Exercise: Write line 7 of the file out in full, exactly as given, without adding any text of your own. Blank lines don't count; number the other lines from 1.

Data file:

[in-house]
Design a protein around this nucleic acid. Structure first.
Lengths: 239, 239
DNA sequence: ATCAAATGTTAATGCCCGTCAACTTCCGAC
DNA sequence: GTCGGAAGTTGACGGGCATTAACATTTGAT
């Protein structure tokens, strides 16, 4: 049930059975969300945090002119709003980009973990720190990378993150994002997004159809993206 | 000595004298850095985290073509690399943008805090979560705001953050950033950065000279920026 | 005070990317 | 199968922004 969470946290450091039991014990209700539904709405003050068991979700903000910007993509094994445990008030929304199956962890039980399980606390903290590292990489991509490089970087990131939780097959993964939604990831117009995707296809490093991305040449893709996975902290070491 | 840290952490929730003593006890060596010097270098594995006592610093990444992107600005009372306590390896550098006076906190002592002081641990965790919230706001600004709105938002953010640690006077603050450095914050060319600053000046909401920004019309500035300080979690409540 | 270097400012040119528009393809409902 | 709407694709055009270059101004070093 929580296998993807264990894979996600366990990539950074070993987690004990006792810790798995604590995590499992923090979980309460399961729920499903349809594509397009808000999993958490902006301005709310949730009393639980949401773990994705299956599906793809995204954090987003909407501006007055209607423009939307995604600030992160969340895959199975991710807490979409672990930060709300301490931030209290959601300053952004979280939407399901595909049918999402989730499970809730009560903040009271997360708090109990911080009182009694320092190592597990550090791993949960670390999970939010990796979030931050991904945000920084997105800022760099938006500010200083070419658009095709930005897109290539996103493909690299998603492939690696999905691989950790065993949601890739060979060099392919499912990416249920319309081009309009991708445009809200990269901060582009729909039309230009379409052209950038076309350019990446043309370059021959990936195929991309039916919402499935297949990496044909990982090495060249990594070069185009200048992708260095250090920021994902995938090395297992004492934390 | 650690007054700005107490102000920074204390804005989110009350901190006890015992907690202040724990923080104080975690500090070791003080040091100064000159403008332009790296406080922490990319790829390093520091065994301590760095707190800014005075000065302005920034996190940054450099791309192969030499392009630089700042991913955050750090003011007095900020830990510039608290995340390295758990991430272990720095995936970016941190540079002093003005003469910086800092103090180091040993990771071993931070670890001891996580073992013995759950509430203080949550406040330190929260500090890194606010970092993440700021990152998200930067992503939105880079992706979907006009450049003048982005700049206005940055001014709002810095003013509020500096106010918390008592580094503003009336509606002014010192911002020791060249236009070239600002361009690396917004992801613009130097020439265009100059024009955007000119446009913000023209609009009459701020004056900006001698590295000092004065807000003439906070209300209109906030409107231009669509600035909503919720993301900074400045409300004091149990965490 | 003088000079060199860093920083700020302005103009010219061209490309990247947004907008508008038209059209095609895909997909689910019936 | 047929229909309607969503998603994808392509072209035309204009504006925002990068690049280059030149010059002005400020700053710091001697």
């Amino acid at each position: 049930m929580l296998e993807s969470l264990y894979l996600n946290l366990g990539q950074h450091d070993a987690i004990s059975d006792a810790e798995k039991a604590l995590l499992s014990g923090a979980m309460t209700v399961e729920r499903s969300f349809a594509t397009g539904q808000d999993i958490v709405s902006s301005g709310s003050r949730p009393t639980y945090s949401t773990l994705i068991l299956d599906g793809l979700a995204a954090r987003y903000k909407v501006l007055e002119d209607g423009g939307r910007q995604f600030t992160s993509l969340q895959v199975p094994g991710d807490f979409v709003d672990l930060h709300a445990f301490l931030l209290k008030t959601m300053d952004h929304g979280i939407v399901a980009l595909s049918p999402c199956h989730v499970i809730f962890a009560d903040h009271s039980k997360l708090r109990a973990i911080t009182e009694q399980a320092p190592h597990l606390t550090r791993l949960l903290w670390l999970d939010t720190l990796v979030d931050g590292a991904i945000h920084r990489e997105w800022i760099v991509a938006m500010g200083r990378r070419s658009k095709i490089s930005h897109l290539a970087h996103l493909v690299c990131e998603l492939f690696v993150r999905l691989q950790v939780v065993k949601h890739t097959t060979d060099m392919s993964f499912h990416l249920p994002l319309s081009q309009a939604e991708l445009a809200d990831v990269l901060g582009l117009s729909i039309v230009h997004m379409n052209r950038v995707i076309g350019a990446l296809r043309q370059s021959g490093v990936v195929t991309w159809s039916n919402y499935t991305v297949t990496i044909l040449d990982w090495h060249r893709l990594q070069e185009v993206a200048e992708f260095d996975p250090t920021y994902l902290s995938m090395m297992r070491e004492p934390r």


């Amino acid at each position: 049930m929580l296998e993807s969470l264990y894979l996600n946290l366990g990539q950074h450091d070993a987690i004990s059975d006792a810790e798995k039991a604590l995590l499992s014990g923090a979980m309460t209700v399961e729920r499903s969300f349809a594509t397009g539904q808000d999993i958490v709405s902006s301005g709310s003050r949730p009393t639980y945090s949401t773990l994705i068991l299956d599906g793809l979700a995204a954090r987003y903000k909407v501006l007055e002119d209607g423009g939307r910007q995604f600030t992160s993509l969340q895959v199975p094994g991710d807490f979409v709003d672990l930060h709300a445990f301490l931030l209290k008030t959601m300053d952004h929304g979280i939407v399901a980009l595909s049918p999402c199956h989730v499970i809730f962890a009560d903040h009271s039980k997360l708090r109990a973990i911080t009182e009694q399980a320092p190592h597990l606390t550090r791993l949960l903290w670390l999970d939010t720190l990796v979030d931050g590292a991904i945000h920084r990489e997105w800022i760099v991509a938006m500010g200083r990378r070419s658009k095709i490089s930005h897109l290539a970087h996103l493909v690299c990131e998603l492939f690696v993150r999905l691989q950790v939780v065993k949601h890739t097959t060979d060099m392919s993964f499912h990416l249920p994002l319309s081009q309009a939604e991708l445009a809200d990831v990269l901060g582009l117009s729909i039309v230009h997004m379409n052209r950038v995707i076309g350019a990446l296809r043309q370059s021959g490093v990936v195929t991309w159809s039916n919402y499935t991305v297949t990496i044909l040449d990982w090495h060249r893709l990594q070069e185009v993206a200048e992708f260095d996975p250090t920021y994902l902290s995938m090395m297992r070491e004492p934390r």